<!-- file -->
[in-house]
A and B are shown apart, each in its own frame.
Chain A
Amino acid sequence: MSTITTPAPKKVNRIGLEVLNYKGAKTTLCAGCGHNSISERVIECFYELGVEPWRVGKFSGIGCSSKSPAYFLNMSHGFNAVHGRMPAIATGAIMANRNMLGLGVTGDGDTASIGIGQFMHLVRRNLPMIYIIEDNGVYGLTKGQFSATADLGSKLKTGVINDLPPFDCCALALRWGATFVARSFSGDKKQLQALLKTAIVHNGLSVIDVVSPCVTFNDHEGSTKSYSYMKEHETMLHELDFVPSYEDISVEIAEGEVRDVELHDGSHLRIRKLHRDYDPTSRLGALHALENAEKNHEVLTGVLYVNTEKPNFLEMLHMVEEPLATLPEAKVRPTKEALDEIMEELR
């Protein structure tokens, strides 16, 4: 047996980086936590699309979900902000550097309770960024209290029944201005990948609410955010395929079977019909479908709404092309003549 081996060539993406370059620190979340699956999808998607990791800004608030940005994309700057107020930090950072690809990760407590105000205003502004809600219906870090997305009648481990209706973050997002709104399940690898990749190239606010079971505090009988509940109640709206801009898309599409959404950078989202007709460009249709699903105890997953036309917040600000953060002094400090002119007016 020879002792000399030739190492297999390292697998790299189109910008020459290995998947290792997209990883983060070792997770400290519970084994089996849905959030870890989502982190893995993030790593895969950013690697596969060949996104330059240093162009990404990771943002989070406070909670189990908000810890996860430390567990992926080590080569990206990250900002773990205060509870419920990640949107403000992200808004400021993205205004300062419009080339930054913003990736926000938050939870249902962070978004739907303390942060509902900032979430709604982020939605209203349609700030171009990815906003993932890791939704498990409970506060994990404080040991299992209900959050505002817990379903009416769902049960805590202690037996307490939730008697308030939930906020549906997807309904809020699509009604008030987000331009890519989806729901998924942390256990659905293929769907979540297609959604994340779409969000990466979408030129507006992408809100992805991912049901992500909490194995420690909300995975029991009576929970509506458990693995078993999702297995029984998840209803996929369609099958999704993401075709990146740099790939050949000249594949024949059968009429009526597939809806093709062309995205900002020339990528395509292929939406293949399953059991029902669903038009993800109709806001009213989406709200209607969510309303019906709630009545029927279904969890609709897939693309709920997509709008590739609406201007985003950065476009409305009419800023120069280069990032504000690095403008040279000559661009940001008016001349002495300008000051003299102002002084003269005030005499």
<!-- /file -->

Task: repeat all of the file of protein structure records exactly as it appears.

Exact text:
[in-house]
A and B are shown apart, each in its own frame.
Chain A
Amino acid sequence: MSTITTPAPKKVNRIGLEVLNYKGAKTTLCAGCGHNSISERVIECFYELGVEPWRVGKFSGIGCSSKSPAYFLNMSHGFNAVHGRMPAIATGAIMANRNMLGLGVTGDGDTASIGIGQFMHLVRRNLPMIYIIEDNGVYGLTKGQFSATADLGSKLKTGVINDLPPFDCCALALRWGATFVARSFSGDKKQLQALLKTAIVHNGLSVIDVVSPCVTFNDHEGSTKSYSYMKEHETMLHELDFVPSYEDISVEIAEGEVRDVELHDGSHLRIRKLHRDYDPTSRLGALHALENAEKNHEVLTGVLYVNTEKPNFLEMLHMVEEPLATLPEAKVRPTKEALDEIMEELR
């Protein structure tokens, strides 16, 4: 047996980086936590699309979900902000550097309770960024209290029944201005990948609410955010395929079977019909479908709404092309003549 081996060539993406370059620190979340699956999808998607990791800004608030940005994309700057107020930090950072690809990760407590105000205003502004809600219906870090997305009648481990209706973050997002709104399940690898990749190239606010079971505090009988509940109640709206801009898309599409959404950078989202007709460009249709699903105890997953036309917040600000953060002094400090002119007016 020879002792000399030739190492297999390292697998790299189109910008020459290995998947290792997209990883983060070792997770400290519970084994089996849905959030870890989502982190893995993030790593895969950013690697596969060949996104330059240093162009990404990771943002989070406070909670189990908000810890996860430390567990992926080590080569990206990250900002773990205060509870419920990640949107403000992200808004400021993205205004300062419009080339930054913003990736926000938050939870249902962070978004739907303390942060509902900032979430709604982020939605209203349609700030171009990815906003993932890791939704498990409970506060994990404080040991299992209900959050505002817990379903009416769902049960805590202690037996307490939730008697308030939930906020549906997807309904809020699509009604008030987000331009890519989806729901998924942390256990659905293929769907979540297609959604994340779409969000990466979408030129507006992408809100992805991912049901992500909490194995420690909300995975029991009576929970509506458990693995078993999702297995029984998840209803996929369609099958999704993401075709990146740099790939050949000249594949024949059968009429009526597939809806093709062309995205900002020339990528395509292929939406293949399953059991029902669903038009993800109709806001009213989406709200209607969510309303019906709630009545029927279904969890609709897939693309709920997509709008590739609406201007985003950065476009409305009419800023120069280069990032504000690095403008040279000559661009940001008016001349002495300008000051003299102002002084003269005030005499």